What a novel concept, right? More tourism-based businesses are catching on to the idea of prioritizing conservation and community development. If you spray pesticides all over your golf courses, the birds that eat those insects will become sick and their chicks won’t live to see adulthood and all the plants and animals that depend on those insects and birds will also perish and suddenly you’ve lost the beautiful landscape your visitors once enjoyed and they will choose a new travel destination next time. Instead, businesses are finding that the more sustainable they become the more desirable they are to the evolving travel market and the more their profits increase. This change in perspective is very exciting and it means that there will be more destinations striving to be more sustainable and responsible than their competitors.

Travelers need to know that they are agents of change.” – Dr. Manal Kelig, Executive Director for the Middle Eastern and North African branches of the Adventure Travel Trade Association (ATTA).

Commercializing Nature

The theme of branding responsible travel and commercializing nature was also popular throughout the conference. Many conservancies and businesses have had trouble enticing travelers to visit simply because they don’t have white sand beaches and cocktail bars. “How do we make conservation sexy?” asked Jochen Zeitz during his keynote presentation on branding ecotourism.

How indeed? The topic of how to commercialize nature was broached by several professionals in the field, but few ideas were actually discussed. It is a solution that many have decided needs to be acted on but no one seems to know how to do it. Do you get a skinny girl in a bikini to pose provocatively in front of a bunch of trees? Do you hire a strapping young local, who just happens to speak English, to take viewers on a tour of his town? Do you mention that the shopping is out of this world when the real reason you want people to shop is to help support struggling communities? For some travelers the promise of seeing a beautiful landscape and helping out local kids is enough to book a ticket, but for many travelers, that isn’t enough to justify spending money to fly across the world.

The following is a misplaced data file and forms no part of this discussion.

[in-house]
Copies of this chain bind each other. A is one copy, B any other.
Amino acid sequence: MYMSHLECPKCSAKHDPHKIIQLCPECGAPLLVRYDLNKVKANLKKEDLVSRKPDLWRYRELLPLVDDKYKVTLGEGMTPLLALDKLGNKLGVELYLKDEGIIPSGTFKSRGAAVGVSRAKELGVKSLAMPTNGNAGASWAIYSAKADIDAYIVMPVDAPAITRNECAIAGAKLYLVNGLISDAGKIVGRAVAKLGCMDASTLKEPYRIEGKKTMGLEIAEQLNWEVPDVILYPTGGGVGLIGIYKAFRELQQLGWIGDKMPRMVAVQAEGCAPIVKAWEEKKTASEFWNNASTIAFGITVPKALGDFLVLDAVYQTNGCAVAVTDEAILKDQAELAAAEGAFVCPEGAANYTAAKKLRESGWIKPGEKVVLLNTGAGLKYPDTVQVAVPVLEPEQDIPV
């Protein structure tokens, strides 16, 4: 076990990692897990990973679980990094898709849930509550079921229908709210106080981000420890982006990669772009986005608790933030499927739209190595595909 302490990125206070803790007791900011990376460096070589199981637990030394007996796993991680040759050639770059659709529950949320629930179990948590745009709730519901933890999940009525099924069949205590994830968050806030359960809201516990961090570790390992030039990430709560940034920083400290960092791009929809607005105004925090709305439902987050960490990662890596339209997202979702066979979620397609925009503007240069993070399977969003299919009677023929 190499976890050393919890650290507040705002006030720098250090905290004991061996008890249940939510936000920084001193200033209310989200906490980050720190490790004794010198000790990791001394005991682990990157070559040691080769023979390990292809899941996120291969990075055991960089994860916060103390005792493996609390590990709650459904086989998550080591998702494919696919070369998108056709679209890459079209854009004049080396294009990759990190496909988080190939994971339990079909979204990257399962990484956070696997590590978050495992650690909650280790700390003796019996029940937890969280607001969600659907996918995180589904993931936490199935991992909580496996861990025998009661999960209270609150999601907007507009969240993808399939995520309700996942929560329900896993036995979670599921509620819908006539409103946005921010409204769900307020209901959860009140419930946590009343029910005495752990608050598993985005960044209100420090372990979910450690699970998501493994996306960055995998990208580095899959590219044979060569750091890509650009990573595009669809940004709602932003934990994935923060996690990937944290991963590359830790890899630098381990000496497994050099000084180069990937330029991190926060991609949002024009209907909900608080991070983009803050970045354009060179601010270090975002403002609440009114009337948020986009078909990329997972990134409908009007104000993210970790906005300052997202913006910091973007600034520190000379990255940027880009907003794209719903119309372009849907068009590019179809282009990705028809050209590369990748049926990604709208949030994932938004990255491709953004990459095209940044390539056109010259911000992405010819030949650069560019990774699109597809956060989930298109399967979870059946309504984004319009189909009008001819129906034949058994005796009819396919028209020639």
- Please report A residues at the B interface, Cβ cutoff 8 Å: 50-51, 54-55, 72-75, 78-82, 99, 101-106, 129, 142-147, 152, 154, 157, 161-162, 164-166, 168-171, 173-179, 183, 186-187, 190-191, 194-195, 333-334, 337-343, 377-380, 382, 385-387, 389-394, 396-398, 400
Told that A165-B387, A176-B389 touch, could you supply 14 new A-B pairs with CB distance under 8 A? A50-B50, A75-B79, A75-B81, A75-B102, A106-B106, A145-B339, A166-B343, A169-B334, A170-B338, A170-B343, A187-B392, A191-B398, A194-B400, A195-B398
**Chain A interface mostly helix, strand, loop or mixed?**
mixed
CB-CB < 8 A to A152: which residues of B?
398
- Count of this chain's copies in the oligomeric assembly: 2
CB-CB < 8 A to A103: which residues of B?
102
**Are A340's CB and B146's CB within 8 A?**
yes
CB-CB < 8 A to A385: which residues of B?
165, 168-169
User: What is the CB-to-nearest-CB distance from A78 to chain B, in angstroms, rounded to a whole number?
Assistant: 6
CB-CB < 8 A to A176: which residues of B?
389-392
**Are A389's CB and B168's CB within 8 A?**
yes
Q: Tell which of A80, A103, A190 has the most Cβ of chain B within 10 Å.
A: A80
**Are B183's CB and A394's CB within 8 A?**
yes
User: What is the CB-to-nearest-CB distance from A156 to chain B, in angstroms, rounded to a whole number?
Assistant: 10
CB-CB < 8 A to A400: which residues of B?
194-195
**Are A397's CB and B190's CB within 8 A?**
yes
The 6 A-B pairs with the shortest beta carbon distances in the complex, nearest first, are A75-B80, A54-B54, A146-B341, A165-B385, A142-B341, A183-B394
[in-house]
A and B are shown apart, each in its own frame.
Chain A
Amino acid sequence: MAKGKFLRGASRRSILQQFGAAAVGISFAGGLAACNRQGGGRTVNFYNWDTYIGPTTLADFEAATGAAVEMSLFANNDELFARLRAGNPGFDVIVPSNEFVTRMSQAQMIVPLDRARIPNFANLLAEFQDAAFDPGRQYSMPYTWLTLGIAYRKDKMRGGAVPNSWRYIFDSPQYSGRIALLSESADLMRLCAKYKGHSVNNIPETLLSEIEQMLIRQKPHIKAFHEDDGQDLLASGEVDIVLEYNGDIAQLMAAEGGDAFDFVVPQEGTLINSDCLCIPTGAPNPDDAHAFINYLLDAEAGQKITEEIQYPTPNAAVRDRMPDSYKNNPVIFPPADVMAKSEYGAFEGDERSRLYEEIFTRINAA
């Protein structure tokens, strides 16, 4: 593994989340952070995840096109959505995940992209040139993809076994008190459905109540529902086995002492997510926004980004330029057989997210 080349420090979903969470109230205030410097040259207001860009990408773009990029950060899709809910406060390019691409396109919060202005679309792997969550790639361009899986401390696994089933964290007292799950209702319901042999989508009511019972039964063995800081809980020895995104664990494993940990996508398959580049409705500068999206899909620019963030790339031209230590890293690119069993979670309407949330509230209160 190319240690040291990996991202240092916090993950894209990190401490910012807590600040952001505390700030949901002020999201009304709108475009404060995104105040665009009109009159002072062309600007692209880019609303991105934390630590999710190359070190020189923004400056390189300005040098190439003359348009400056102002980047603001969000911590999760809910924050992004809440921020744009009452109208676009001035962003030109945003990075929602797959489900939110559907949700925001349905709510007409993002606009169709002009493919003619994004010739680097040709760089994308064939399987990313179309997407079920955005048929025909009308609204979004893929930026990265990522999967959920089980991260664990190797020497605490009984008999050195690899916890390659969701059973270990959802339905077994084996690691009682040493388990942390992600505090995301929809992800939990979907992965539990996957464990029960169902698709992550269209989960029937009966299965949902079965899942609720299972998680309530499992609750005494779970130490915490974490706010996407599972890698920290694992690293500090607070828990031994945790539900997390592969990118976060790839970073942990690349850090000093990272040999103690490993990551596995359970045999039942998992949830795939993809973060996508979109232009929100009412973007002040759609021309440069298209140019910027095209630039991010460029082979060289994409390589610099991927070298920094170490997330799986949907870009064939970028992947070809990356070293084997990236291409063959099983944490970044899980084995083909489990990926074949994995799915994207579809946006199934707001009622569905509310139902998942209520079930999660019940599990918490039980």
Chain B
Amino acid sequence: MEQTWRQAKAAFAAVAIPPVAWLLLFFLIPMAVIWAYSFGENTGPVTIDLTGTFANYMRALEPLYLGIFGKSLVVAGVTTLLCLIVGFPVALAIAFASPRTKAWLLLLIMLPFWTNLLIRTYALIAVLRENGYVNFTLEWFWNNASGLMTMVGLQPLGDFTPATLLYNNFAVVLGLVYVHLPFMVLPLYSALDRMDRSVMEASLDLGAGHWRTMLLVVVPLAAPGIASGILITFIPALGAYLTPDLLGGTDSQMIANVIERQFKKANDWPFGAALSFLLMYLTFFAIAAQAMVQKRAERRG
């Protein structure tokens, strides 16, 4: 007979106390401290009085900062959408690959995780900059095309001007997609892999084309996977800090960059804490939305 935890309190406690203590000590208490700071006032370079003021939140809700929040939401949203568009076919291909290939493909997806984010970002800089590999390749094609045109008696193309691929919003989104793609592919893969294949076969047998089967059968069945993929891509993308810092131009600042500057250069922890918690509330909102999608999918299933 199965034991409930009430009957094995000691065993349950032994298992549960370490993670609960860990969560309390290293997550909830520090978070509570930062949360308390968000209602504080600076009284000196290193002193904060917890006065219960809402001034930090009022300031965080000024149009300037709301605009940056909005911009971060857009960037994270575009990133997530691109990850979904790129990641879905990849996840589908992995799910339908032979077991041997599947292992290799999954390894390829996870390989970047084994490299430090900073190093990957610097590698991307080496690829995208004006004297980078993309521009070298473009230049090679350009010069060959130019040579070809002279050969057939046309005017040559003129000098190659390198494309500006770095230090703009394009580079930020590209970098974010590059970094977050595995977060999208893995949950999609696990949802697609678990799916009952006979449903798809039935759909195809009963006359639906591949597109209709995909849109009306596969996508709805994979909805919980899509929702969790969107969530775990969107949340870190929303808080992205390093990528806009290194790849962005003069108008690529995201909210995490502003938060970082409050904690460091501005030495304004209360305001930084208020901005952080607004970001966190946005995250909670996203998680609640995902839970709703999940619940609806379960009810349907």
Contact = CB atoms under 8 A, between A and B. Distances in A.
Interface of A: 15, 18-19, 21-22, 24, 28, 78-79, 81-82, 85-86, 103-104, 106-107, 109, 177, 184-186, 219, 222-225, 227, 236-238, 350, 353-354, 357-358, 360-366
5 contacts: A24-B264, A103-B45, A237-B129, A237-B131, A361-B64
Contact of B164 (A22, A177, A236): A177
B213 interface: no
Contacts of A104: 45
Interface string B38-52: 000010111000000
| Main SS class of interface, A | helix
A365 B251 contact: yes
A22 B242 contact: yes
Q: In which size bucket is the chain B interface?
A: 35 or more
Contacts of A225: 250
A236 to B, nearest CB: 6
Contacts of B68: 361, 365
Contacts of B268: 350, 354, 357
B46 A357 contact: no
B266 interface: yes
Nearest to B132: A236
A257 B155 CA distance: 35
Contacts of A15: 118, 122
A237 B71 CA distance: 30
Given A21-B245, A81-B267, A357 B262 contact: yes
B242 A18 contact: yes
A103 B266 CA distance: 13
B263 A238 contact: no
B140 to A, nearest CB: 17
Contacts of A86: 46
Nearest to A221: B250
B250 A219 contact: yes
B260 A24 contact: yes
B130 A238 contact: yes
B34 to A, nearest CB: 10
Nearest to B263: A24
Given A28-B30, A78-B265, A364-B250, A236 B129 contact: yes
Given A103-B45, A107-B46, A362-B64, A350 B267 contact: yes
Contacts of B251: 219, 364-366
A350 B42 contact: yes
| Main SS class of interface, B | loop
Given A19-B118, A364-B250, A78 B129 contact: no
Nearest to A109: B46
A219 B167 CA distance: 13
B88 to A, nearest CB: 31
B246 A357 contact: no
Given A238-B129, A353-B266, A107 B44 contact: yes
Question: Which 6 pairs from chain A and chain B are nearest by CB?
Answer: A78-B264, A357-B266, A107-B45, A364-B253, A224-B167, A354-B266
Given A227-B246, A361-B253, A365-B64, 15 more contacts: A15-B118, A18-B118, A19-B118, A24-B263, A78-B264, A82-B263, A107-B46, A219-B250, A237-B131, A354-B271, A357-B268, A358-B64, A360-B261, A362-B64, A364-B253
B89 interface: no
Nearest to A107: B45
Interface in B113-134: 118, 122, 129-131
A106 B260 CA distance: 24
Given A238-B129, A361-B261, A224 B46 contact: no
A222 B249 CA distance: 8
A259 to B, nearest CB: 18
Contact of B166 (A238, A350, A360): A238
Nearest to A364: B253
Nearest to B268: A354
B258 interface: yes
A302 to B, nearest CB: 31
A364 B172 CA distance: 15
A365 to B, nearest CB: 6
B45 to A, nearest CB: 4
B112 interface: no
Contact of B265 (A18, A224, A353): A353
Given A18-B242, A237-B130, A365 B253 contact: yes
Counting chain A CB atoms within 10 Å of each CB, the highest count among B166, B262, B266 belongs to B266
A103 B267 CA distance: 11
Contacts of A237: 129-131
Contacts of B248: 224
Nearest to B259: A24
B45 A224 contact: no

Travelers are traveling less but expecting more.” – Damian Cook, CEO and Founder of E-Tourism Frontiers.

I understand wanting to create a sexy brand to get people’s attention, but I couldn’t help but hesitate every time the subject came up during the conference. One thing that makes these destinations unforgettable is their uniqueness. From tree houses to underground shelters to surfing lessons and jewelry-making classes to private treks through the wilderness to hot air balloon tours, every sustainable travel business has something incredible to offer. If you put a brand over all of these destinations then you are covering up the element that makes them stand out from everything else: their individuality.

Attending the ESTC was worthwhile. Learning about responsible travel from a variety of perspectives was humbling. Discovering brand new destinations that haven’t even opened their doors yet sent butterflies loose in my stomach. And exploring new ways of taming the tourism fire led to ideas on how we can be more innovative and sustainable at Immersion Travel. I can’t wait for Immersion to investigate these unforgettable destinations and for travelers around the world to experience them first hand. 

October 16, 2013